Sources of Root Disease Fungi
Fungi that attack root systems are natural inhabitants of the soil and thus, have the ability to survive there indefinitely. They are easily introduced into the growth medium by soiled hands, tools, flats and colonized transplants. Dirt floors may also harbor pathogenic fungi so it is important to keep the hose-ends off the floor. When a soil-less medium is amended with field soil, it must be treated to prevent the introduction of plant pathogens, nematodes, insects and weeds. Fumigation or steaming of soil-less media is not recommended. However, when a soil-less medium becomes contaminated with plant pathogens, root rot can develop quickly.
Pots or flats that have been used should be washed with soap and disinfested in 10% household bleach or a similar agent. If field soil is used wholly or as an amendment to a soil-less medium, it must be treated. Steam is the least expensive, safest and most effective method. The whole soil mass must reach a temperature of 180 F for at least 30 minutes.Various fumigants such as methyl bromide or Vapam® may also be used. Fumigants can be hazardous and must be handled cautiously. Residual fumigant in the treated medium may be phytotoxic. Be sure to follow the directions closely. For some crops, protectant fungicides should be used from the beginning of the planting cycle and repeated at regular intervals. Banrot® or other appropriate combinations of fungicides will provide a broader spectrum of activity.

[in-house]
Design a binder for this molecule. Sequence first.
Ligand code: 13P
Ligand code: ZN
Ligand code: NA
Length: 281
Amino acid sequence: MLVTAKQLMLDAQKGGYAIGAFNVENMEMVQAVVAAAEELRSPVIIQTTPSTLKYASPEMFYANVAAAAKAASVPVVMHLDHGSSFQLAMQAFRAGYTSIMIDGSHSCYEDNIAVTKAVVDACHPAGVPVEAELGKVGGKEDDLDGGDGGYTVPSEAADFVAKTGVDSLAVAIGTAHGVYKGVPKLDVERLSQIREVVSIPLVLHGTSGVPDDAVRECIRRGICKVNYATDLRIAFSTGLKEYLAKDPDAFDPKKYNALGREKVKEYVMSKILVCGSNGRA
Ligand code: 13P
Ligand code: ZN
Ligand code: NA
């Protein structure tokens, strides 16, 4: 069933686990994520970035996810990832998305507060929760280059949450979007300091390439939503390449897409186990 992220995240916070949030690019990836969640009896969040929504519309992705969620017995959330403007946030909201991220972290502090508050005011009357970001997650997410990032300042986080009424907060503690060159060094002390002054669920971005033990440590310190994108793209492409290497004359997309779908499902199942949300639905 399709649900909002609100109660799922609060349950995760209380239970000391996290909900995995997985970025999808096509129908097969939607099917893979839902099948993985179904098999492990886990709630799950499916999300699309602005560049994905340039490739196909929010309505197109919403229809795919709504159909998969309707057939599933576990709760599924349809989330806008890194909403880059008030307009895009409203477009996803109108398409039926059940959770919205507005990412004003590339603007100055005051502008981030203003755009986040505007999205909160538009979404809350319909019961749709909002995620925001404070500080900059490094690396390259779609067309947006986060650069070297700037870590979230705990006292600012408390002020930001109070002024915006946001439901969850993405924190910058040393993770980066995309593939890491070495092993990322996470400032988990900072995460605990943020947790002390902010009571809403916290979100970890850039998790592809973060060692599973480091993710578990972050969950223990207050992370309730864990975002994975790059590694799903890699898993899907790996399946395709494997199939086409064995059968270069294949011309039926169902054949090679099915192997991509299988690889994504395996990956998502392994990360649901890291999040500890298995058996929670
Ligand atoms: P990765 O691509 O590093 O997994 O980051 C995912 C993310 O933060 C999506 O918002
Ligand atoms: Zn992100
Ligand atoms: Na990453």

Fungicides for Pythium and Phytophthora
|Common name||Trade name||Rate||Comments|
|foestyl-Al||Aliette® WDG||0.4 to 0.8 lb/100 gal; 2 pts/sq ft.||Drench; however, foliar applications of 2.5-5 lb/100 gal will control root rot of some plants.|
|etridiazole||Truban® WP, EC and G||See label||Rates vary depending on the formulation.|
|dimethomorph||Stature||3.2-6.4 oz/50 gal||Not effective for Pythium. Apply only when roots are well established.|
|fludioxonil plus mefenoxam||Hurricane||See label.||Test plants for phytotoxicity. Stunting and chlorosis have been reported on Impatiens, New Guinea impatiens, Pothos, Geranium and Easter lily.|
|mefenoxam||Subdue® Maxx||See label.||Rates vary depending on the plant. Subdue has broad crop clearance for ornamentals. many greenhouse isolates of Pythium are resistant to Subdue.|
|phosphonates||Alude, Fosphite, Vital||See labels.||Plant defense activator. Systemic|